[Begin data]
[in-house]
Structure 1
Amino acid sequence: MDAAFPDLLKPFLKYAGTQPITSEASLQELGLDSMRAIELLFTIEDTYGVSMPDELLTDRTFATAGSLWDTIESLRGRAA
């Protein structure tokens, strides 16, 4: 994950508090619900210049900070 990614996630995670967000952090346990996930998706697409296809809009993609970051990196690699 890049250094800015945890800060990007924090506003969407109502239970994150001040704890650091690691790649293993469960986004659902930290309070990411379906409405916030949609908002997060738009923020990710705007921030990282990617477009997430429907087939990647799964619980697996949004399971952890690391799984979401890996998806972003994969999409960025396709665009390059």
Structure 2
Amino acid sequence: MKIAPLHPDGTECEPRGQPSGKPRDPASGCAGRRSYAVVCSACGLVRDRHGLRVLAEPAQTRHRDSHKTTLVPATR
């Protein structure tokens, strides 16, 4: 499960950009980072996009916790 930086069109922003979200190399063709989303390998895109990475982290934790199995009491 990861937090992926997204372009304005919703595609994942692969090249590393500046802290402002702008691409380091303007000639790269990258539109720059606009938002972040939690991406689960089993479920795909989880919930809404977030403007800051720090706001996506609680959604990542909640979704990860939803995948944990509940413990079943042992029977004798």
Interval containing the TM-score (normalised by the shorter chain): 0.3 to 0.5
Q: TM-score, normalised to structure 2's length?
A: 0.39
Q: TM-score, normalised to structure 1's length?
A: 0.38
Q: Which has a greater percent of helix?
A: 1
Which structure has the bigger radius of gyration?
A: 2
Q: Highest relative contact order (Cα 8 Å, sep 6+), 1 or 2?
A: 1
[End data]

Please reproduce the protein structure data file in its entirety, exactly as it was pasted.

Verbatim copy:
[in-house]
Structure 1
Amino acid sequence: MDAAFPDLLKPFLKYAGTQPITSEASLQELGLDSMRAIELLFTIEDTYGVSMPDELLTDRTFATAGSLWDTIESLRGRAA
């Protein structure tokens, strides 16, 4: 994950508090619900210049900070 990614996630995670967000952090346990996930998706697409296809809009993609970051990196690699 890049250094800015945890800060990007924090506003969407109502239970994150001040704890650091690691790649293993469960986004659902930290309070990411379906409405916030949609908002997060738009923020990710705007921030990282990617477009997430429907087939990647799964619980697996949004399971952890690391799984979401890996998806972003994969999409960025396709665009390059």
Structure 2
Amino acid sequence: MKIAPLHPDGTECEPRGQPSGKPRDPASGCAGRRSYAVVCSACGLVRDRHGLRVLAEPAQTRHRDSHKTTLVPATR
């Protein structure tokens, strides 16, 4: 499960950009980072996009916790 930086069109922003979200190399063709989303390998895109990475982290934790199995009491 990861937090992926997204372009304005919703595609994942692969090249590393500046802290402002702008691409380091303007000639790269990258539109720059606009938002972040939690991406689960089993479920795909989880919930809404977030403007800051720090706001996506609680959604990542909640979704990860939803995948944990509940413990079943042992029977004798």
Interval containing the TM-score (normalised by the shorter chain): 0.3 to 0.5
Q: TM-score, normalised to structure 2's length?
A: 0.39
Q: TM-score, normalised to structure 1's length?
A: 0.38
Q: Which has a greater percent of helix?
A: 1
Which structure has the bigger radius of gyration?
A: 2
Q: Highest relative contact order (Cα 8 Å, sep 6+), 1 or 2?
A: 1